Q. What relevant experience do you bring to the office you seek?
As a Chippewa Valley business owner the past 44 years and my decades of community service involvement with numerous local not-for-profit agencies, I believe I have brought a unique and valuable perspective into my three terms as a Western Wisconsin State Representative. Currently I am serving as Chair of the Assembly Committee on Workforce Development and am the former Chair of the Veterans Committee. I serve as a member of the Assembly Committees on: Energy and Utilities; Universities; Aging and Long-term Care; Veterans; Insurance. In addition, I serve on the Governor's Council on Workforce Investment, the Taskforce on Youth Workforce Readiness and served on the Taskforce on Rural Schools. Also, I am serving as a member of the National Conference of State Governments Midwest Subcommittee on Energy and the Committee on U.S.-Canada Relations.
Q. The American Society of Civil Engineers says Wisconsin motorists spend $2.0-billion per year in costs from driving on roads in need of repairs. What are the ways you would help find funding for the rebuilding of this state?
State Transportation funding has been in a rebuilding phase since previous administrations' raids on highway funds to pay for other State programs. Thanks to the Constitutional Amendment we passed with overwhelming support from Wisconsin voters, the funds are now segregated and protected from mismanagement. I have advocated for more funding for local roads along with less borrowing to pay for our transportation infrastructure. We are awaiting a Legislative Audit of the Transportation Department which should give us solid data upon which we can base intelligent options for funding our highways and roads. This will be a top priority of this budget cycle that I will work diligently with my Colleagues on both sides of the aisle to find sustainable and reasonable fiscal solutions to our transportation system challenges.
Q. State aid to local school districts has been reduced, or remained flat for the last few years. Leaders of local school districts say that has resulted in stagnant teacher pay and reductions in educational programs that students need and want. Some worry that we are losing our best and brightest teachers to neighboring states. So many local school districts are now going to voters, asking them to pass referendums that would allow these schools to raise local property taxes to make up the difference. In your opinion, is this the best and most fair way to fund these projects? If so, what is the role of the state to provide further assistance.? If not, what, specifically, would you do to provide more state aid to local schools and where would that money come from?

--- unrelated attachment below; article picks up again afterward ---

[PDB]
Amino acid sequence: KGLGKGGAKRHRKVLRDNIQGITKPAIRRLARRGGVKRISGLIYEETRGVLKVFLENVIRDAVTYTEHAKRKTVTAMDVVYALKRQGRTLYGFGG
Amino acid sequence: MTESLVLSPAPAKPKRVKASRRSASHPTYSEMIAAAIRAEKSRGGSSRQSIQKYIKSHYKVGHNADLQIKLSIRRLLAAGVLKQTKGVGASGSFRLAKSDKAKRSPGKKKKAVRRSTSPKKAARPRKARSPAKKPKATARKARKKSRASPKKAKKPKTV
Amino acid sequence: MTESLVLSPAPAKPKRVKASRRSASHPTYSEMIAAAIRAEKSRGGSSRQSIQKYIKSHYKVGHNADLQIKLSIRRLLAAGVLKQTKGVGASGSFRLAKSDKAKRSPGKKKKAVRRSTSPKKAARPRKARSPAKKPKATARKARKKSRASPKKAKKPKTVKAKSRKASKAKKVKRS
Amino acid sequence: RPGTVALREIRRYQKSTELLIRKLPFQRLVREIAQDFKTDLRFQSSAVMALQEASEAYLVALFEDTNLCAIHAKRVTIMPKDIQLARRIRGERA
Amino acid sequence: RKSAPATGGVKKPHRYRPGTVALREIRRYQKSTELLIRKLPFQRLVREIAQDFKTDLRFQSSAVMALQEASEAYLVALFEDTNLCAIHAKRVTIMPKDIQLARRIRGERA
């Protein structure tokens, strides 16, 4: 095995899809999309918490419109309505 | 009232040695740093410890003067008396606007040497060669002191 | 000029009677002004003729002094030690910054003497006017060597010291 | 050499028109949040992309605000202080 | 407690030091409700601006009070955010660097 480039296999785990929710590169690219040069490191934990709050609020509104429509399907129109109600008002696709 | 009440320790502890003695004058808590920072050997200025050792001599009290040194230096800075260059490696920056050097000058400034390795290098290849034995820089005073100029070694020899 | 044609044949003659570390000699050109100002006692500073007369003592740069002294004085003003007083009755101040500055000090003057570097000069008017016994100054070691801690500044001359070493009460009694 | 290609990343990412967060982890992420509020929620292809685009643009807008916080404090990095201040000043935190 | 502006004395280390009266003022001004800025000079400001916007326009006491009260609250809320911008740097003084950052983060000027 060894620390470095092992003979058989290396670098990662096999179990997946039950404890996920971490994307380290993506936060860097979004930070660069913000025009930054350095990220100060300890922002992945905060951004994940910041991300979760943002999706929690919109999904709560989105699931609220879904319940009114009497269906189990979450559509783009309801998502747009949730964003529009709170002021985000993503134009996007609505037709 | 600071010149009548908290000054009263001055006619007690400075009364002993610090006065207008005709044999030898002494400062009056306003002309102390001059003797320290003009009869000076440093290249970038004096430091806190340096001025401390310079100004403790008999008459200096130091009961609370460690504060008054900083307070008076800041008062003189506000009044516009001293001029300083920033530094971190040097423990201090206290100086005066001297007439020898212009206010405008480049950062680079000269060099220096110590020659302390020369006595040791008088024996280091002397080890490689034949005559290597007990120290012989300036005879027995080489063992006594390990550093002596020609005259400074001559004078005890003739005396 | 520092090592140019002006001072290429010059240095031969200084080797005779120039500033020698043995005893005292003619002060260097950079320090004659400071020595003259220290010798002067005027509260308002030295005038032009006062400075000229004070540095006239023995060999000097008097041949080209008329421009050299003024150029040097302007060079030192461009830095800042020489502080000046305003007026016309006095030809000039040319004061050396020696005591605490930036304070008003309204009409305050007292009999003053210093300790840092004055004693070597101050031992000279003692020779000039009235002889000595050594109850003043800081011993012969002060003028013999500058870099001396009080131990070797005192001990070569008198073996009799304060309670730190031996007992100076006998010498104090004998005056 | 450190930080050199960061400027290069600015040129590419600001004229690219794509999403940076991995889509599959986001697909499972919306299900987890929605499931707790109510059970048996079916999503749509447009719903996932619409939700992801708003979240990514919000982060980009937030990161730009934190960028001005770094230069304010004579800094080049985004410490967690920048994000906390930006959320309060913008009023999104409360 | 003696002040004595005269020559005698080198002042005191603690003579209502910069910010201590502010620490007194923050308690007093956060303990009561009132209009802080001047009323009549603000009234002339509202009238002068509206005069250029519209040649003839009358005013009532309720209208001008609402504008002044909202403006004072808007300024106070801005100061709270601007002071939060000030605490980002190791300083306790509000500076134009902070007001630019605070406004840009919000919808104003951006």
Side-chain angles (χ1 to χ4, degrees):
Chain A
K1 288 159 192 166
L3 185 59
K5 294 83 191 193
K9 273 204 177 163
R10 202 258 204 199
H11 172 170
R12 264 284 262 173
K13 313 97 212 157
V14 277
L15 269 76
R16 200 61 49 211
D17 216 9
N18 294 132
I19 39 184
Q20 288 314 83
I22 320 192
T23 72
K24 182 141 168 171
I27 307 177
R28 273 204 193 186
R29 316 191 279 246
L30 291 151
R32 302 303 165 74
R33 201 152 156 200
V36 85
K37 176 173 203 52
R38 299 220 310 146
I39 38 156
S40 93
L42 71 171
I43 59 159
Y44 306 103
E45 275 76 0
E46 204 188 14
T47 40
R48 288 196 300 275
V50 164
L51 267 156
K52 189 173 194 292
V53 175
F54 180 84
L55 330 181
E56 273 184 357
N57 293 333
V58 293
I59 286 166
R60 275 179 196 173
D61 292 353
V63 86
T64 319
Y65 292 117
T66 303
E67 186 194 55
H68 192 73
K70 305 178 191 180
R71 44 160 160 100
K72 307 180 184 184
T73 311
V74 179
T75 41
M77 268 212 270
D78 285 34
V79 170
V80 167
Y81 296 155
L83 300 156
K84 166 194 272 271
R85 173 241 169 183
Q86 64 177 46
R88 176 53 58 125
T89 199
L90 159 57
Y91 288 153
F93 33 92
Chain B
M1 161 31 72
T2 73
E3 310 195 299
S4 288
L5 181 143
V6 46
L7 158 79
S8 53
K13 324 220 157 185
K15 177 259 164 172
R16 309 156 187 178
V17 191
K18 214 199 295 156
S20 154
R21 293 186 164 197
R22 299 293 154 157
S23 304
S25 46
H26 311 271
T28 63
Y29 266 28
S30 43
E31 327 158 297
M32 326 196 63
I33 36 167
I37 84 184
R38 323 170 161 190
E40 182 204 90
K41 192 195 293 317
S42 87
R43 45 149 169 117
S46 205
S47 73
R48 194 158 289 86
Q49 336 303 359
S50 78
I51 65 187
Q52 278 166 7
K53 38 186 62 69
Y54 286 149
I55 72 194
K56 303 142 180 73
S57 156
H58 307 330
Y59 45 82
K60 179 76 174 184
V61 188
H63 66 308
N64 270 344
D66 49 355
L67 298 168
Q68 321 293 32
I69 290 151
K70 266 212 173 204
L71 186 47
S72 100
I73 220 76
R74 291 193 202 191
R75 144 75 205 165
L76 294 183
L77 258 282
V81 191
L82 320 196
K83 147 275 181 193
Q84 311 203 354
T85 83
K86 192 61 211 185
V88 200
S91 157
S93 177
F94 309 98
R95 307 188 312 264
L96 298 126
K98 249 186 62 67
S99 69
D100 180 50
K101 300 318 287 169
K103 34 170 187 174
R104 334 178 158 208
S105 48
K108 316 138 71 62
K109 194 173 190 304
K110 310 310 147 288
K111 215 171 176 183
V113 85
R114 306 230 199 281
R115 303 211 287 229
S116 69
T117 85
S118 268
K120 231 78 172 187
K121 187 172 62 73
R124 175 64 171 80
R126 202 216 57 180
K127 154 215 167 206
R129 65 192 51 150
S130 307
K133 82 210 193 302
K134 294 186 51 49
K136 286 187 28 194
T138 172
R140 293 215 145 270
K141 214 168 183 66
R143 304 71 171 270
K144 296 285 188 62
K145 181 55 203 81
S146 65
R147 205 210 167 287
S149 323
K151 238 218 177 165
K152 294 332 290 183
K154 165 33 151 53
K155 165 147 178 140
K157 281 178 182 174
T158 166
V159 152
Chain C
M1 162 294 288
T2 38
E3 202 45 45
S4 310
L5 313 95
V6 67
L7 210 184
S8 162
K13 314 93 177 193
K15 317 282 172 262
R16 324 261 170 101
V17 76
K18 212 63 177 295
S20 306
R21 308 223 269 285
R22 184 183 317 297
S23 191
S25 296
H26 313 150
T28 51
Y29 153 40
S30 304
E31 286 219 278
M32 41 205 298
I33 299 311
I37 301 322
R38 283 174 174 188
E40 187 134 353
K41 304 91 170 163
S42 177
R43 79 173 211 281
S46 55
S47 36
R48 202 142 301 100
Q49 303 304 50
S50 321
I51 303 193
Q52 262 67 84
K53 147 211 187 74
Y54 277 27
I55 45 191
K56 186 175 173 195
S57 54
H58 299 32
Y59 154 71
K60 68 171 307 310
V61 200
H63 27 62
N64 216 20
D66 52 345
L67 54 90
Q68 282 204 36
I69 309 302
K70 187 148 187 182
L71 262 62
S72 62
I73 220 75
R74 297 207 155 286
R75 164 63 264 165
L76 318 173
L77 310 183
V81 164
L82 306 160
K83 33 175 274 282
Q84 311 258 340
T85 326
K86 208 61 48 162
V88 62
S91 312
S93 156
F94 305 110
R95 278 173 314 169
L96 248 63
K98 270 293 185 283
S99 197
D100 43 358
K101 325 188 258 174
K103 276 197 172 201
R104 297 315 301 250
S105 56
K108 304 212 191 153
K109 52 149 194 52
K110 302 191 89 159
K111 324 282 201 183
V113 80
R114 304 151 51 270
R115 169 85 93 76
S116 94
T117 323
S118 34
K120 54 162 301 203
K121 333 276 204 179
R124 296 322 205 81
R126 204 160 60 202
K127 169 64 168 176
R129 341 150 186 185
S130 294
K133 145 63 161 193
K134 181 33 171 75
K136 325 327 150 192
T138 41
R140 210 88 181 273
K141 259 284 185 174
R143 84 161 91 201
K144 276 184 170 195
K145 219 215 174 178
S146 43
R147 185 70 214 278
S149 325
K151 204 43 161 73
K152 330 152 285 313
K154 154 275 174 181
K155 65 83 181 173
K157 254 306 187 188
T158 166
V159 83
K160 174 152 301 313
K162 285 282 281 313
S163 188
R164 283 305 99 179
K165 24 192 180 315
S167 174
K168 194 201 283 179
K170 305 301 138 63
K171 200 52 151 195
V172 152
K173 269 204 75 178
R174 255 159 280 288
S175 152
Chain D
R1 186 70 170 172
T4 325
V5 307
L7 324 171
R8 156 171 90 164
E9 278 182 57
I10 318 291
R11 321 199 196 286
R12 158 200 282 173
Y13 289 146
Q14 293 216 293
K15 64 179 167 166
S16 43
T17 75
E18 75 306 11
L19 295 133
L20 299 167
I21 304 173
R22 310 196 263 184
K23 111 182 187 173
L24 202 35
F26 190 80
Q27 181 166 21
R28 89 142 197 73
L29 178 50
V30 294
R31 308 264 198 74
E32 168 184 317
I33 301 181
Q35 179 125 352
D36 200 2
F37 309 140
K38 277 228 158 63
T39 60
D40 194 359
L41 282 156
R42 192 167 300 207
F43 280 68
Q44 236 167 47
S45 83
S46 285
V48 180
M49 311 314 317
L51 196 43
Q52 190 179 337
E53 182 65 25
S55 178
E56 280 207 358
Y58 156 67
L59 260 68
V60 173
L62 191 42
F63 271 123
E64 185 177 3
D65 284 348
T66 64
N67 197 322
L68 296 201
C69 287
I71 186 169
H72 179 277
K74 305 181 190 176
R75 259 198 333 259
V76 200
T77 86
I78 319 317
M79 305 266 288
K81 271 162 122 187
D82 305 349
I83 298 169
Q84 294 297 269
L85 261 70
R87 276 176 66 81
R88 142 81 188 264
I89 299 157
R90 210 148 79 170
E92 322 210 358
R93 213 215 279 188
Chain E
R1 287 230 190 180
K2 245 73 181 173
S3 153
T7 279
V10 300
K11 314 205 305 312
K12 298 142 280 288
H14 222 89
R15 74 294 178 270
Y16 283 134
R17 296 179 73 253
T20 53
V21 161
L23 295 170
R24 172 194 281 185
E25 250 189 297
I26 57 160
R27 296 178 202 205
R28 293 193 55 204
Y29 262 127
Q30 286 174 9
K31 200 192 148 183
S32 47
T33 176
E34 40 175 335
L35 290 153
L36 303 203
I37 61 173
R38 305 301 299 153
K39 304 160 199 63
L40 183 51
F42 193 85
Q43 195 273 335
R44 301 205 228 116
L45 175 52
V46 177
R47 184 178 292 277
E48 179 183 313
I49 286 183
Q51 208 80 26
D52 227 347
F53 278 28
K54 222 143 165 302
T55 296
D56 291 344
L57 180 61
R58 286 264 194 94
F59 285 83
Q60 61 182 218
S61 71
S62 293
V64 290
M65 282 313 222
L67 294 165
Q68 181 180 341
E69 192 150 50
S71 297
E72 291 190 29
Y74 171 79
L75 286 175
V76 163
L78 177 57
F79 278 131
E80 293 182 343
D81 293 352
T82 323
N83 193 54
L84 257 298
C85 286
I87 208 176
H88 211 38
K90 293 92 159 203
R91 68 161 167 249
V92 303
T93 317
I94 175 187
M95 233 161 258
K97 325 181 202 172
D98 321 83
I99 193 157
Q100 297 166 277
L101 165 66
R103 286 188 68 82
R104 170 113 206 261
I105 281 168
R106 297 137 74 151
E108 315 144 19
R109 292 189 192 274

K-12 Education remains the top spending priority in our State budget with over one-third of all General Purpose Funds going to local school aids. This is a solid investment in our future and I will continue my work to advocate strongly for even more equity in the obtuse and complex equalization aid funding formula so that the schools of my rural 93rd District receive as much State aid as possible. We will carefully examine spending in all State Departments to continue eliminating waste, fraud, and abuse of program funds while we maintain responsible and balanced levels of taxation and spending. Thanks to the work of outstanding instructors, administration, support staff, and involved parental and community support, our schools in Western Wisconsin remain strong, successful, and vibrant centers of learning for our young people. Our graduation rates and student SAT test scores remain among the highest in the United States. By working together with the education professionals of my District, I remain committed to doing all I can to ensure their continued success.
Q. What makes you the best candidate to represent your district?
The good people of the 93rd Assembly District have granted me the incredible honor and privilege of serving them these past six years. They have my word that I will continue to work hard representing them in Madison during this upcoming term and for as long as they support my efforts and believe I am continuing to get the job done on their behalf.
Q. What do you think should be the top priorities for the state and your area over the next decade? If elected to office, how would you advance those priorities?
My policy priorities and advocacy efforts will remain much the same as when first elected to this office in 2010:
* Provide excellent educational and employment opportunities for our citizens
* Create a more common sense and balanced taxation, bureaucratic, and regulatory environment which encourages entrepreneurs, farmers, manufacturers, and other business owners to build and invest in our State
* Provide excellent services to our Veterans
* Provide quality health care to the poorest of our poor citizens
* Eliminate waste, fraud, and abuse of State funds and resources
* Protect our beautiful natural resources while increasing opportunities for tourism and recreation
* Maintain our strong infrastructure systems and law enforcement agencies to help ensure the safety and welfare of our citizens
* Help leverage private and public resources into expansion of Broadband Internet access for rural areas of our State
* Continue working with law enforcement and our Attorney General's office to address the Western Wisconsin epidemic of heroin, opioid, and methamphetamine substance abuse
* Continue working with our Job Centers and Department of Workforce Development to ensure that we connect those who want to work in family-supporting jobs with employers and/or that they have the opportunities to receive the training they need to obtain those jobs.